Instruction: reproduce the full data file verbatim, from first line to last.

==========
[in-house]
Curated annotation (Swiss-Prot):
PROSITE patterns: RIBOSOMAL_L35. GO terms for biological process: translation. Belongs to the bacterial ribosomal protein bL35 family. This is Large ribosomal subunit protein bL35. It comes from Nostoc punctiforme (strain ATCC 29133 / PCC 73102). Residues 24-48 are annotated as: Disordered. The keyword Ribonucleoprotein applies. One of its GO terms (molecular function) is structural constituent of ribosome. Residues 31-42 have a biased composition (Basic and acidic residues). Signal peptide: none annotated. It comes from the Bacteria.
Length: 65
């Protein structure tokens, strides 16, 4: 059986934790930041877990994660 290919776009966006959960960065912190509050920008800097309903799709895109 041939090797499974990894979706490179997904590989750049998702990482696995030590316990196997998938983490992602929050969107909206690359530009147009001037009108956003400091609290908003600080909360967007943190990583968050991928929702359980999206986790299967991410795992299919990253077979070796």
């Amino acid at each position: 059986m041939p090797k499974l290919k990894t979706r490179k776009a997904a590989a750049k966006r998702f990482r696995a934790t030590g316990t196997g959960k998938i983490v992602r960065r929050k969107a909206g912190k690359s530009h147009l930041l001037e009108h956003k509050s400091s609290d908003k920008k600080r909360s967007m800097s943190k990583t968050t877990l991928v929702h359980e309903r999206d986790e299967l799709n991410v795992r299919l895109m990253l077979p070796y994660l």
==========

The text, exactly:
[in-house]
Curated annotation (Swiss-Prot):
PROSITE patterns: RIBOSOMAL_L35. GO terms for biological process: translation. Belongs to the bacterial ribosomal protein bL35 family. This is Large ribosomal subunit protein bL35. It comes from Nostoc punctiforme (strain ATCC 29133 / PCC 73102). Residues 24-48 are annotated as: Disordered. The keyword Ribonucleoprotein applies. One of its GO terms (molecular function) is structural constituent of ribosome. Residues 31-42 have a biased composition (Basic and acidic residues). Signal peptide: none annotated. It comes from the Bacteria.
Length: 65
């Protein structure tokens, strides 16, 4: 059986934790930041877990994660 290919776009966006959960960065912190509050920008800097309903799709895109 041939090797499974990894979706490179997904590989750049998702990482696995030590316990196997998938983490992602929050969107909206690359530009147009001037009108956003400091609290908003600080909360967007943190990583968050991928929702359980999206986790299967991410795992299919990253077979070796």
């Amino acid at each position: 059986m041939p090797k499974l290919k990894t979706r490179k776009a997904a590989a750049k966006r998702f990482r696995a934790t030590g316990t196997g959960k998938i983490v992602r960065r929050k969107a909206g912190k690359s530009h147009l930041l001037e009108h956003k509050s400091s609290d908003k920008k600080r909360s967007m800097s943190k990583t968050t877990l991928v929702h359980e309903r999206d986790e299967l799709n991410v795992r299919l895109m990253l077979p070796y994660l």